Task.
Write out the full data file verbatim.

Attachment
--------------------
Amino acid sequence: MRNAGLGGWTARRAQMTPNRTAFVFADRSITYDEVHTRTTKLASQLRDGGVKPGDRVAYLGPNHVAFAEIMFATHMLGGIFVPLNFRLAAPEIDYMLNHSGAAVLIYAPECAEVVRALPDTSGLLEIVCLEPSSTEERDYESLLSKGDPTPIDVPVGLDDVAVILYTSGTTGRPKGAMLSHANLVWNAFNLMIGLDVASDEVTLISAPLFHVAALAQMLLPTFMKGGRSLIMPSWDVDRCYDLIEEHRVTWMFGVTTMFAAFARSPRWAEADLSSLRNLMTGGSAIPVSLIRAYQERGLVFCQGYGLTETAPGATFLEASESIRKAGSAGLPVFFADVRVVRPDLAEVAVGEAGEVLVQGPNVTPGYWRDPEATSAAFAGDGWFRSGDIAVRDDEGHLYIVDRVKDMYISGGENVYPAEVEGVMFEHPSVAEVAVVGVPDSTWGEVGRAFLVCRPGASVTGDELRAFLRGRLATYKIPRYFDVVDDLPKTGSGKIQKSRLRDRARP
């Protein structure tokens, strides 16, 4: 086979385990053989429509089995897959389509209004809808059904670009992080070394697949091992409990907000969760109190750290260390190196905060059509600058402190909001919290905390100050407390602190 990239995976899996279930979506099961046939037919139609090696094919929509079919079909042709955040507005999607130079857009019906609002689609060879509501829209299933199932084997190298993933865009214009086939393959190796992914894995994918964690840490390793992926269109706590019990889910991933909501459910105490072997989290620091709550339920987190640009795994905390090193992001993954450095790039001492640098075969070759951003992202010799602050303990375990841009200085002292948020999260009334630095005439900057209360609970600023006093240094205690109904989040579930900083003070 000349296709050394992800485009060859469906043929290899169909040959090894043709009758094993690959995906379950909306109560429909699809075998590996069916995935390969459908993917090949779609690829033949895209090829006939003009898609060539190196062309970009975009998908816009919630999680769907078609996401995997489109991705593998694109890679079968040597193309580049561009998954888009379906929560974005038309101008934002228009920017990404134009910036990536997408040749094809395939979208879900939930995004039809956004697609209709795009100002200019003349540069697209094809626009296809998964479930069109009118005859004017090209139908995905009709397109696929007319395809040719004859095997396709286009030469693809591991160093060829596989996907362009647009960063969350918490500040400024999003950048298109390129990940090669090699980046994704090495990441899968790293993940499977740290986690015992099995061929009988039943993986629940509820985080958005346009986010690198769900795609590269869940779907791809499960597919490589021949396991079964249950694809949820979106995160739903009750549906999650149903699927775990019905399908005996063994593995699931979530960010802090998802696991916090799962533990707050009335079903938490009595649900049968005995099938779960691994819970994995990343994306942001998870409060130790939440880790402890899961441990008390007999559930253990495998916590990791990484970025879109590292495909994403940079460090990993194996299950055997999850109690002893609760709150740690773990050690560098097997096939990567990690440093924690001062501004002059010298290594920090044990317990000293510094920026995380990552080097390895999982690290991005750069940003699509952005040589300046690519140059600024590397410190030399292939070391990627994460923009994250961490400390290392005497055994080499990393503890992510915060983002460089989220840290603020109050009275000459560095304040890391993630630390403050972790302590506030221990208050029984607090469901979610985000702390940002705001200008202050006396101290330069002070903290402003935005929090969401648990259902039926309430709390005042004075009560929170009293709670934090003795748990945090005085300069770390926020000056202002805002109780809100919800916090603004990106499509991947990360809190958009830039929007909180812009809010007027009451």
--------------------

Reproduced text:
Amino acid sequence: MRNAGLGGWTARRAQMTPNRTAFVFADRSITYDEVHTRTTKLASQLRDGGVKPGDRVAYLGPNHVAFAEIMFATHMLGGIFVPLNFRLAAPEIDYMLNHSGAAVLIYAPECAEVVRALPDTSGLLEIVCLEPSSTEERDYESLLSKGDPTPIDVPVGLDDVAVILYTSGTTGRPKGAMLSHANLVWNAFNLMIGLDVASDEVTLISAPLFHVAALAQMLLPTFMKGGRSLIMPSWDVDRCYDLIEEHRVTWMFGVTTMFAAFARSPRWAEADLSSLRNLMTGGSAIPVSLIRAYQERGLVFCQGYGLTETAPGATFLEASESIRKAGSAGLPVFFADVRVVRPDLAEVAVGEAGEVLVQGPNVTPGYWRDPEATSAAFAGDGWFRSGDIAVRDDEGHLYIVDRVKDMYISGGENVYPAEVEGVMFEHPSVAEVAVVGVPDSTWGEVGRAFLVCRPGASVTGDELRAFLRGRLATYKIPRYFDVVDDLPKTGSGKIQKSRLRDRARP
């Protein structure tokens, strides 16, 4: 086979385990053989429509089995897959389509209004809808059904670009992080070394697949091992409990907000969760109190750290260390190196905060059509600058402190909001919290905390100050407390602190 990239995976899996279930979506099961046939037919139609090696094919929509079919079909042709955040507005999607130079857009019906609002689609060879509501829209299933199932084997190298993933865009214009086939393959190796992914894995994918964690840490390793992926269109706590019990889910991933909501459910105490072997989290620091709550339920987190640009795994905390090193992001993954450095790039001492640098075969070759951003992202010799602050303990375990841009200085002292948020999260009334630095005439900057209360609970600023006093240094205690109904989040579930900083003070 000349296709050394992800485009060859469906043929290899169909040959090894043709009758094993690959995906379950909306109560429909699809075998590996069916995935390969459908993917090949779609690829033949895209090829006939003009898609060539190196062309970009975009998908816009919630999680769907078609996401995997489109991705593998694109890679079968040597193309580049561009998954888009379906929560974005038309101008934002228009920017990404134009910036990536997408040749094809395939979208879900939930995004039809956004697609209709795009100002200019003349540069697209094809626009296809998964479930069109009118005859004017090209139908995905009709397109696929007319395809040719004859095997396709286009030469693809591991160093060829596989996907362009647009960063969350918490500040400024999003950048298109390129990940090669090699980046994704090495990441899968790293993940499977740290986690015992099995061929009988039943993986629940509820985080958005346009986010690198769900795609590269869940779907791809499960597919490589021949396991079964249950694809949820979106995160739903009750549906999650149903699927775990019905399908005996063994593995699931979530960010802090998802696991916090799962533990707050009335079903938490009595649900049968005995099938779960691994819970994995990343994306942001998870409060130790939440880790402890899961441990008390007999559930253990495998916590990791990484970025879109590292495909994403940079460090990993194996299950055997999850109690002893609760709150740690773990050690560098097997096939990567990690440093924690001062501004002059010298290594920090044990317990000293510094920026995380990552080097390895999982690290991005750069940003699509952005040589300046690519140059600024590397410190030399292939070391990627994460923009994250961490400390290392005497055994080499990393503890992510915060983002460089989220840290603020109050009275000459560095304040890391993630630390403050972790302590506030221990208050029984607090469901979610985000702390940002705001200008202050006396101290330069002070903290402003935005929090969401648990259902039926309430709390005042004075009560929170009293709670934090003795748990945090005085300069770390926020000056202002805002109780809100919800916090603004990106499509991947990360809190958009830039929007909180812009809010007027009451």